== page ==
While augmented reality apps can be pretty flashy and cool to look at, there are only a few I would actually call useful and practical in real life situations. Sure, I can pan my Yelp or Layar apps around to see nearby food locations, kill virtual ghosts, or run away from non-existent zombies, but those are not nearly as meaningful as what a Miami University professor Bo Brinkman has up his sleeve.
Conspiracy theorists would have you believe that the ThunderBolt's signed (and locked) bootloader was all Verizon's doing, but it appears that isn't quite the case - the Incredible S, one of HTC's unlocked GSM phones, is shipping with a similar failsafe system. That basically means no custom ROMs for you (at least until a viable workaround is discovered).
Proof? Look no further than the contents of this Incredible S RUU:
From what our friends at AndIRC can tell (note that they don't have a device in hand), the Incredible S includes a signature check much like the one on the ThunderBolt.
When I was growing up in the 90s, one of my favorite games I probably spent a combined year of playing time on was Heroes Of Might And Magic, a turn-based strategy that you can play for weeks. Since each move lasts as long as you want, it's easy to keep playing whenever you have a free moment (or a block of 5 hours in my case), and the vast number of strategies, heroes, units, and resources provided for almost infinite replay value.
If you've been looking to unlock your HTC Thunderbolt but have been putting it off until a one-click solution springs up, you may start rolling up your sleeves - you've got some downloading to do. dbzfanatic from xda released the first one-click easyroot + S-OFF, which uses AndIRC's lengthy, yet effective, instructions, but wraps them up in one easy to use package. The program runs on Windows and weighs in at over 800MB, so fire up your PCs and get ready for some heavy downloading.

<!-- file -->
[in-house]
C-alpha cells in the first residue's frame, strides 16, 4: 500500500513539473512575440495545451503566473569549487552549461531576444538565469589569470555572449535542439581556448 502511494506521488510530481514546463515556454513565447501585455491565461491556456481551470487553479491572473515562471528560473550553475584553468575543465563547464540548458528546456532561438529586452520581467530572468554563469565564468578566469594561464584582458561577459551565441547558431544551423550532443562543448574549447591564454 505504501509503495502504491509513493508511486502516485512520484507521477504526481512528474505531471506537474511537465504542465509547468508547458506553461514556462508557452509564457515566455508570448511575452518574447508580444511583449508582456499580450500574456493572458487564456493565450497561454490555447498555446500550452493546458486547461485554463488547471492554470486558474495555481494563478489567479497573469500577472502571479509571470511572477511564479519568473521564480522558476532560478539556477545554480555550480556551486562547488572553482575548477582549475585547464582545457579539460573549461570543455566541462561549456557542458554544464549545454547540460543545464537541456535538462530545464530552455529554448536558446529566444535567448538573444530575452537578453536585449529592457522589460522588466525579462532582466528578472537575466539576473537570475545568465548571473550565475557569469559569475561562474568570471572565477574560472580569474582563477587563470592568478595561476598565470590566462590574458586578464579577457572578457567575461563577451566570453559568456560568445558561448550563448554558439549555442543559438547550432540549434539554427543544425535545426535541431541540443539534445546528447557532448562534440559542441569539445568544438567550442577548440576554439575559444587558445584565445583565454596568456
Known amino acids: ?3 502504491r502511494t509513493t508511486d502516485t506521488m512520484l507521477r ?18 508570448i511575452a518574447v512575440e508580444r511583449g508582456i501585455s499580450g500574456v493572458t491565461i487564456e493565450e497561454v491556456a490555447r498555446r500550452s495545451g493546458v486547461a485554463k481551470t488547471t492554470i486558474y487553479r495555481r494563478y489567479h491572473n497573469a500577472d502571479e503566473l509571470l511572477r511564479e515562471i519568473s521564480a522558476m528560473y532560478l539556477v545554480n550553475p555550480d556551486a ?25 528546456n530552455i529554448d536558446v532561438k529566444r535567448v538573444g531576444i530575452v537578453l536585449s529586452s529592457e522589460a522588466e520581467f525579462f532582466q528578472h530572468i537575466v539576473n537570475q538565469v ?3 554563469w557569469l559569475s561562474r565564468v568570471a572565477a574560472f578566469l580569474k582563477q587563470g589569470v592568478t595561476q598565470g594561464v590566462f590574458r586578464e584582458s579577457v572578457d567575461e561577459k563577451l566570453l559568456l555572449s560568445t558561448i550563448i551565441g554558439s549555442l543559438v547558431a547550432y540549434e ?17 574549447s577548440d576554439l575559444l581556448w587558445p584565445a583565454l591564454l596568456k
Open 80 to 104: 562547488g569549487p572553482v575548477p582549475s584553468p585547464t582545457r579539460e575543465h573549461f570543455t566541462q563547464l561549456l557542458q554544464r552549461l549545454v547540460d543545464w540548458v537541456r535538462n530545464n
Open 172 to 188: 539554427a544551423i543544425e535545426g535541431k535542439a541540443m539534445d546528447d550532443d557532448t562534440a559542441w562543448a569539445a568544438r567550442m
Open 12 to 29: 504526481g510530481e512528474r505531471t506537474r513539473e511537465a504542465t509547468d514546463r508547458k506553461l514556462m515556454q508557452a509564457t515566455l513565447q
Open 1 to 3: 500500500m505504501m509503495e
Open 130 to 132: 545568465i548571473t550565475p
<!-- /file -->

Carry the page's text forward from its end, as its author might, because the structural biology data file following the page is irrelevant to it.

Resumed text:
In what can only be described as a truly "WTF" moment, an inside source has informed Information Week that Motorola is in the process of developing its own web-based mobile OS. The question everyone is undoubtedly wants to ask is "why?"
The insider cites Motorola's frustration with Google's support of manufacturers, Android's fragmentation problems, and the difficulty of product differentiation in an Android-saturated smartphone market. These things together, says the tipster, have led Moto to believe Google is "shooting itself in the foot." The source of this rumor cites the fact that Motorola has quietly been picking up numerous former Apple and Adobe employees to work on the project over the past few months.
Yesterday at CTIA, Samsung unveiled its revamped Galaxy Tab 10.1 and the all-new Galaxy Tab 8.9 (check out our live coverage of the event). Unfortunately, that's about all Samsung did with them - neither was ever powered on. Samsung's CTIA exhibit housed the new devices in glass security cases (as you can see below), while early "prototypes" of the 8.9 and 10.1 running Honeycomb with Samsung's TouchWiz 4.0 overlay were available for hands-on time, in order to demonstrate some of the software the company plans to include when the devices are released.
There have been a number of F1 apps available in the Android Market, however they have all had their shortcomings. Some have been slow, some have prematurely crashed, some have had cumbersome and ugly interfaces, and some just plain did not work.
- 1.5GHz single-core CPU
- 1GB RAM
- 32 GB internal storage
- Android 2.3 (Gingerbread), will be updated to Android 3.0
- Sense UI
- WiMAX (4G)
As mentioned in our hands-on with the EVO 3D, the View 4G features a new connector port dubbed MHL.
After the Sprint press conference officially ended, they quite literally pulled back the curtains to reveal a large viewing area, with a team of Sprint and HTC employees available to demo the HTC EVO 3D and View 4G. While we weren't allowed to get our mitts on the EVO 3D, we were allowed to play with the View 4G a bit. In both cases, the employees on the floor provided a quick hands-on of the devices.